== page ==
Demierre was reeled in on the de­scent and the quar­tet be­gan the fi­nal two laps 26 sec­onds clear. On the penul­ti­mate cir­cuit, the Swiss cracked first, fol­lowed by – far more sur­pris­ingly – Ar­gentin. Sud­denly, the Ital­ian plan fell apart. That left LeMond in front with Rupérez, a strong climber from So­ria, in the prov­ince of Castilla y León, who had won the Vuelta in 1980. Such was the Amer­i­can’s state of grace that he had the clar­ity of mind to test the Spa­niard on the first as­cent, be­fore putting in the killer at­tack to move clear on the fi­nal time up the Wartensee. “Noth­ing felt tough, not even drop­ping Rupérez. Ev­ery­thing went just the way I wanted, and I breezed across the line.”

Be­hind, Rupérez was swept up by an elite chas­ing group in­clud­ing Adrie van der Poel and Roche, who took sil­ver and bronze, the lat­ter Ire­land’s sec­ond World Cham­pi­onships medal in two years. A sign of the times, as was the fact that LeMond gained scant recog­ni­tion back home for his stel­lar ride. “My only dis­ap­point­ment was that the vic­tory was to­tally ig­nored by the Amer­i­can press and pub­lic,” he said. “Back home, hardly any­one heard of it. Maybe it got a lit­tle para­graph in some pa­pers, maybe not. At that time no­body in the US cared that an Amer­i­can had be­come world cham­pion.” The big­ger pic­ture mat­tered more though. LeMond had es­tab­lished him­self as one of the big­gest names in cy­cling, and the fol­low­ing three years would see him be­come a dom­i­nant force at the Tour de France. He’d win it three times, in 1986, 89 and 1990.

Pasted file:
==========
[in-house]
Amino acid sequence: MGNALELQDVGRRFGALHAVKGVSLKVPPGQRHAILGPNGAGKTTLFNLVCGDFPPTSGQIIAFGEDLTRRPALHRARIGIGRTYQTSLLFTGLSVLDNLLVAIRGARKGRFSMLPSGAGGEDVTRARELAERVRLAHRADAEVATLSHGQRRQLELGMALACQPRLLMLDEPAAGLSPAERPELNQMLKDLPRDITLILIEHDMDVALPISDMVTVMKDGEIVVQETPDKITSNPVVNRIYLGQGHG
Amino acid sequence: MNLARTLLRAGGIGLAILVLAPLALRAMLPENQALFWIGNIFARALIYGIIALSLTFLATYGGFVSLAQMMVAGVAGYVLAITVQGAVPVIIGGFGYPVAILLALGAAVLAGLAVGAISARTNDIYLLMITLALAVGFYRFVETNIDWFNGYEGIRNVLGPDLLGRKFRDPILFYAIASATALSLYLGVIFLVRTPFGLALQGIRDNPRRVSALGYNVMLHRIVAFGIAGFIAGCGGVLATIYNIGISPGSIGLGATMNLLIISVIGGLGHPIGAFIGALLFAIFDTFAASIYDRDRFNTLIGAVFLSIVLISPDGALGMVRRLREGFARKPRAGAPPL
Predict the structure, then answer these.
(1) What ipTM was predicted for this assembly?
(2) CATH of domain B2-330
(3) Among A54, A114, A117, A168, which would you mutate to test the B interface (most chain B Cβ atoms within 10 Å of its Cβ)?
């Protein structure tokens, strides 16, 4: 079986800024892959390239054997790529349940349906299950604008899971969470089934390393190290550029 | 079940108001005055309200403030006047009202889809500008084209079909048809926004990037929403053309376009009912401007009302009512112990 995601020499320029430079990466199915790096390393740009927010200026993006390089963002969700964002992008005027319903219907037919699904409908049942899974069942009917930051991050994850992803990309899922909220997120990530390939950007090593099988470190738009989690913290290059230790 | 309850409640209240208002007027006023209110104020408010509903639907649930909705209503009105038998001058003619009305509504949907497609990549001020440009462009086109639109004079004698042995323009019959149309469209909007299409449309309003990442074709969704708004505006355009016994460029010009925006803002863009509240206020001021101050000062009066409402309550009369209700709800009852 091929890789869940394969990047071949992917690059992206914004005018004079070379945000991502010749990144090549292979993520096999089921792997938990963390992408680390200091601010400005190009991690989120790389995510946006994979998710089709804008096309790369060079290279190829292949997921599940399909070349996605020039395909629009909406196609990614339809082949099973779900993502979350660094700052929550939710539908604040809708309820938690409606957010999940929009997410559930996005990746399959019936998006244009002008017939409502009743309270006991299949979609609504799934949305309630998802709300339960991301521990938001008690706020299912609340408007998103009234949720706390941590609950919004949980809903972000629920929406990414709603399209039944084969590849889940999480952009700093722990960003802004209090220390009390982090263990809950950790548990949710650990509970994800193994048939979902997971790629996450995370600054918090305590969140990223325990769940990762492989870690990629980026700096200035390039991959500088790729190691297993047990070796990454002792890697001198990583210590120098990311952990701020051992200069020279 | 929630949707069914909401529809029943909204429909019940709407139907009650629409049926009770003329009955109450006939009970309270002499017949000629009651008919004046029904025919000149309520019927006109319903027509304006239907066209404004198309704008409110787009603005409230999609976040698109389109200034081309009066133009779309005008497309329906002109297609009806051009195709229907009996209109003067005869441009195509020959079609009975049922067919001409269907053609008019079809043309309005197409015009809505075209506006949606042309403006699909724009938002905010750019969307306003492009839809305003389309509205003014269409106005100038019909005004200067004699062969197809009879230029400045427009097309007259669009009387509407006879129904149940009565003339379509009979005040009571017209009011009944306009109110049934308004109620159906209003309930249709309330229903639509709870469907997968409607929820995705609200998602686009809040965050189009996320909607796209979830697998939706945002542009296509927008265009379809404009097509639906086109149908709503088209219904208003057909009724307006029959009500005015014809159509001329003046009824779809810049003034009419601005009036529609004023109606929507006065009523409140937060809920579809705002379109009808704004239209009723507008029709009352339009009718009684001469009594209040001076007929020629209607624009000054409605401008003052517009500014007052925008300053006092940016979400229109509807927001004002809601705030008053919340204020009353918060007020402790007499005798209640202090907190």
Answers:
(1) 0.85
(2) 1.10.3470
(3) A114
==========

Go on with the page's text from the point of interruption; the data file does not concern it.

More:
“I was 22 years old and it was as if I’d fi­nally made my mark in cy­cling,” LeMond said. “The truth is that I’d 10 times rather win the Tour de France than the World Cham­pi­onship, but some­how for pure hap­pi­ness that World Cham­pi­onship was un­touch­able.”

LeMond crossed the line alone and more than a minute ahead of the chasers

LeMond won few races in the rainbow jersey in ‘ 84, but he was third at the Tour

LeMond is lanked on the dais by Van der Poel, left, and Ire­land’s Stephen Roche